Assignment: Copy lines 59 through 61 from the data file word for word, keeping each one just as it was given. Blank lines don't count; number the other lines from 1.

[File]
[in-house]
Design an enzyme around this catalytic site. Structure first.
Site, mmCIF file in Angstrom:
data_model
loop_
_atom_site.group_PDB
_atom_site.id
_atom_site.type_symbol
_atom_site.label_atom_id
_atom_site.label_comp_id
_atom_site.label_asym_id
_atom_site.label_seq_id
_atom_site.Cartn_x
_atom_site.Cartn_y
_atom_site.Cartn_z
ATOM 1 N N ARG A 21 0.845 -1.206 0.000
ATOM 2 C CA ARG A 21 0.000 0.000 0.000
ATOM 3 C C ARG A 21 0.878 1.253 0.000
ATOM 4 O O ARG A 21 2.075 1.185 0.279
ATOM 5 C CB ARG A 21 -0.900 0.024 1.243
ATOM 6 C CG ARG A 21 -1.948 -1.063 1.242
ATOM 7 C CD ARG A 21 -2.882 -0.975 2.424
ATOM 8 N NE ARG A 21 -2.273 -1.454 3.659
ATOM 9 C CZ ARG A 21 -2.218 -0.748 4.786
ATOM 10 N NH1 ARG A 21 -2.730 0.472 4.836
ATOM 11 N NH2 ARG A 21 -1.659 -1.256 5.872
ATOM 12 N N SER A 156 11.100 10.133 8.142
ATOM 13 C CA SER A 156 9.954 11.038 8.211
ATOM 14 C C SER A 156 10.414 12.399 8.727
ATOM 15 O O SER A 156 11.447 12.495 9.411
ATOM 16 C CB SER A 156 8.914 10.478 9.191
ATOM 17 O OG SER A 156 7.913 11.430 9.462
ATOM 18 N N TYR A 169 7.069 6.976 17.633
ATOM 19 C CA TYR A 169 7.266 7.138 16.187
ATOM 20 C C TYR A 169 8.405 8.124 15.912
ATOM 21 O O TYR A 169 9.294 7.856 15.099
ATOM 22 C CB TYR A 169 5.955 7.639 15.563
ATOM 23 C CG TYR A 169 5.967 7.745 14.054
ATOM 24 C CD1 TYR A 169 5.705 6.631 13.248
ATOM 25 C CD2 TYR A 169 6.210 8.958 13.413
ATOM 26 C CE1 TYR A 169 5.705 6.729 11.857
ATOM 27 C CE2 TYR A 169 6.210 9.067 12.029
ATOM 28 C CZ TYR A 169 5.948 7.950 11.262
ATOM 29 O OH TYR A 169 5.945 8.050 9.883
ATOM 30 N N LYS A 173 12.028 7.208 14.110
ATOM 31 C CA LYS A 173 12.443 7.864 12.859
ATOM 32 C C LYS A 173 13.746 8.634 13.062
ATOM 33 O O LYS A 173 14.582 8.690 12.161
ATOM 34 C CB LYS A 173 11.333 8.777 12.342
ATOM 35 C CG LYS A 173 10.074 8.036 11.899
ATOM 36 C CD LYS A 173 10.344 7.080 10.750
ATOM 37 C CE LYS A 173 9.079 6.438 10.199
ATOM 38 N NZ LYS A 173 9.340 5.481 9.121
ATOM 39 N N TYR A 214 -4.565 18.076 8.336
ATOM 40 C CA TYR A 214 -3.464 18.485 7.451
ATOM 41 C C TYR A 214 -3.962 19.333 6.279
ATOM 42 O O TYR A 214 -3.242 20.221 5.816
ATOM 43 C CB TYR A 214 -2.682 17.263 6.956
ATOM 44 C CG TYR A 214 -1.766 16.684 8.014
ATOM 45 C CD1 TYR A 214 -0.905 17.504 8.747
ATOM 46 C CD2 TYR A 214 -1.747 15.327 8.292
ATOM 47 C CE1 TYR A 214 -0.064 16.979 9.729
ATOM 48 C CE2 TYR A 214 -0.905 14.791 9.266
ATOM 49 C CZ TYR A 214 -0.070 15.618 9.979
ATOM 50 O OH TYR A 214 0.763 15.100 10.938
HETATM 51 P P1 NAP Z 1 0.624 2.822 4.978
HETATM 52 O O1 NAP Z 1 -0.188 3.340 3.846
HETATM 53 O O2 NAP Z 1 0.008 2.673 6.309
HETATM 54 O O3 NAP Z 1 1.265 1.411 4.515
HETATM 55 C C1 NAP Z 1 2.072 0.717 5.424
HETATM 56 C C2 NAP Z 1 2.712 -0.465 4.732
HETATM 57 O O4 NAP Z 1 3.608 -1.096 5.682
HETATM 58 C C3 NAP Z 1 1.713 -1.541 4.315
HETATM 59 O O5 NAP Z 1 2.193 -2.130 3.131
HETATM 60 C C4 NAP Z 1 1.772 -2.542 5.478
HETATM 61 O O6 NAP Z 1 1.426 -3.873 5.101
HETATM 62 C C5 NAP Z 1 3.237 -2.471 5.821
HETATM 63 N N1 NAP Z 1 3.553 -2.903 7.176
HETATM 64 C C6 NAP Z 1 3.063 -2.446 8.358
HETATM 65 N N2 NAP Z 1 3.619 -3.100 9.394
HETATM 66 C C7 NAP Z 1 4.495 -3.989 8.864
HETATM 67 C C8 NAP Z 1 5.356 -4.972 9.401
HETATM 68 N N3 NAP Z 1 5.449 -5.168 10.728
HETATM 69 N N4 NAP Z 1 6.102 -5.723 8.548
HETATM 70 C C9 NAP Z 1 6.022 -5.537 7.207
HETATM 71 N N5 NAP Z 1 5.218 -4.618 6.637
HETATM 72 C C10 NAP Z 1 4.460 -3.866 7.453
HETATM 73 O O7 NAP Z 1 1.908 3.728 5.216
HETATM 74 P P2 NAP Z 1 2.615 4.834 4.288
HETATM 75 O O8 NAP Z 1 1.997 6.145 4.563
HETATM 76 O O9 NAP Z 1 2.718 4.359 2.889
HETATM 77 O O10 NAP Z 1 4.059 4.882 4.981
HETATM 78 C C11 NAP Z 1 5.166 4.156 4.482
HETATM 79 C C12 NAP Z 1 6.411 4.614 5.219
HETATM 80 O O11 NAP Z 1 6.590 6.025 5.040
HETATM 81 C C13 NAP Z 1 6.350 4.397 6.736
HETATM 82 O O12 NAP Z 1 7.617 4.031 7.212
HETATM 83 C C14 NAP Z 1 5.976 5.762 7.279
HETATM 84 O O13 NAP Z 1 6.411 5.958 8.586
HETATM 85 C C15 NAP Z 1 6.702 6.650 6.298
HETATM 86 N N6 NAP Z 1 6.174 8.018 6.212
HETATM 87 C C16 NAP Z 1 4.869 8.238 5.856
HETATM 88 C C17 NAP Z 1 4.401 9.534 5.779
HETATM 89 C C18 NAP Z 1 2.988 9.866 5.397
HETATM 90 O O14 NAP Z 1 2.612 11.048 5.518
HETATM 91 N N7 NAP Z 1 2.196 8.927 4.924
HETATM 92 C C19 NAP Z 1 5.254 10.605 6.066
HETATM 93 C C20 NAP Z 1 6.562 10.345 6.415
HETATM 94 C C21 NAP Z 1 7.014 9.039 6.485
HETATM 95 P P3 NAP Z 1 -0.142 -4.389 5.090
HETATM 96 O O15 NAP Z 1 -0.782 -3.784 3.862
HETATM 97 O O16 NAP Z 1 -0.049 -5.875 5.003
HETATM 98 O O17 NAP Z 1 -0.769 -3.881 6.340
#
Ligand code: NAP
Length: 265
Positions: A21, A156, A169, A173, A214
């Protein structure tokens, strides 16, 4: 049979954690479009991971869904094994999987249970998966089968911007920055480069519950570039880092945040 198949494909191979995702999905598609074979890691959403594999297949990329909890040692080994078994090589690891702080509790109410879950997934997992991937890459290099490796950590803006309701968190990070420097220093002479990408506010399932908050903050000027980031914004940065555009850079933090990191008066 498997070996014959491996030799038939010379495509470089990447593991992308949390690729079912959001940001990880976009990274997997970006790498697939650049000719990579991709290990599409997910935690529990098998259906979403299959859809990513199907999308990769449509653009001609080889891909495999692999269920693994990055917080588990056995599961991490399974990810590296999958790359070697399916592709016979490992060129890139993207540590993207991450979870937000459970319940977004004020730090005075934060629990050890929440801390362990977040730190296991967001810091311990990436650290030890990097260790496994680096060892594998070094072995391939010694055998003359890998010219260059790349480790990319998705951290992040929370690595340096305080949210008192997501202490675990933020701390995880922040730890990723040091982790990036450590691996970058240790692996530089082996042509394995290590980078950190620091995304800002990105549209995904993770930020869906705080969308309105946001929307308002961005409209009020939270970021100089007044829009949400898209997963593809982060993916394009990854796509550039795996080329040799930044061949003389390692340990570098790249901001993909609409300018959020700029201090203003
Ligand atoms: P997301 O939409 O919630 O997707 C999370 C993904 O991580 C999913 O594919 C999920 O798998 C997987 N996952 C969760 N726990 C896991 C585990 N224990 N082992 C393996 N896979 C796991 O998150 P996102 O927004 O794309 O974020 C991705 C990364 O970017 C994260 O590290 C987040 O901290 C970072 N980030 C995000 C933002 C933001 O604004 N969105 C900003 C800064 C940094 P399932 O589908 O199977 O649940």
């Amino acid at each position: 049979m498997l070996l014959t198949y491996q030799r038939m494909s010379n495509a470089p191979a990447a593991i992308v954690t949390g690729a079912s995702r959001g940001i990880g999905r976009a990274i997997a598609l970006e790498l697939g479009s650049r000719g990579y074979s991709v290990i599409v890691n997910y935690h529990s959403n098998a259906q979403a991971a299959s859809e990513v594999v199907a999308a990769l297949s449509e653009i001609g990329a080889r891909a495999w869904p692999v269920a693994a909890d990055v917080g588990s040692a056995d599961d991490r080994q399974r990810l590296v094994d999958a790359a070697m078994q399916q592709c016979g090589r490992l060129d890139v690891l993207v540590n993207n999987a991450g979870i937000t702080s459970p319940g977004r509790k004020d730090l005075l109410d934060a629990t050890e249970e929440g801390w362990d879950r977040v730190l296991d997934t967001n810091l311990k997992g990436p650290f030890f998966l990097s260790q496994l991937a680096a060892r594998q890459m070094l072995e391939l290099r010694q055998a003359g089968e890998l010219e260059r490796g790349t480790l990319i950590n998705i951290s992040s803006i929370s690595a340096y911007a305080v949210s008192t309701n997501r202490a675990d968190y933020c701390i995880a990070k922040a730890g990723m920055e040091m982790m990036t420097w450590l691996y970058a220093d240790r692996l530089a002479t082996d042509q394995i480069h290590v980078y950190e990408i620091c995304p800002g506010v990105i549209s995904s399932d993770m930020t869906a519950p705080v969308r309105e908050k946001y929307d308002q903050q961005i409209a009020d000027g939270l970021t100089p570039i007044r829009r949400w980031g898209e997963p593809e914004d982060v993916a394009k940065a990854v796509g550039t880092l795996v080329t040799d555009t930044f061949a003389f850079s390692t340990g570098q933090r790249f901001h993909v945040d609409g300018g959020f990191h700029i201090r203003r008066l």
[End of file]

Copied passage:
ATOM 44 C CG TYR A 214 -1.766 16.684 8.014
ATOM 45 C CD1 TYR A 214 -0.905 17.504 8.747
ATOM 46 C CD2 TYR A 214 -1.747 15.327 8.292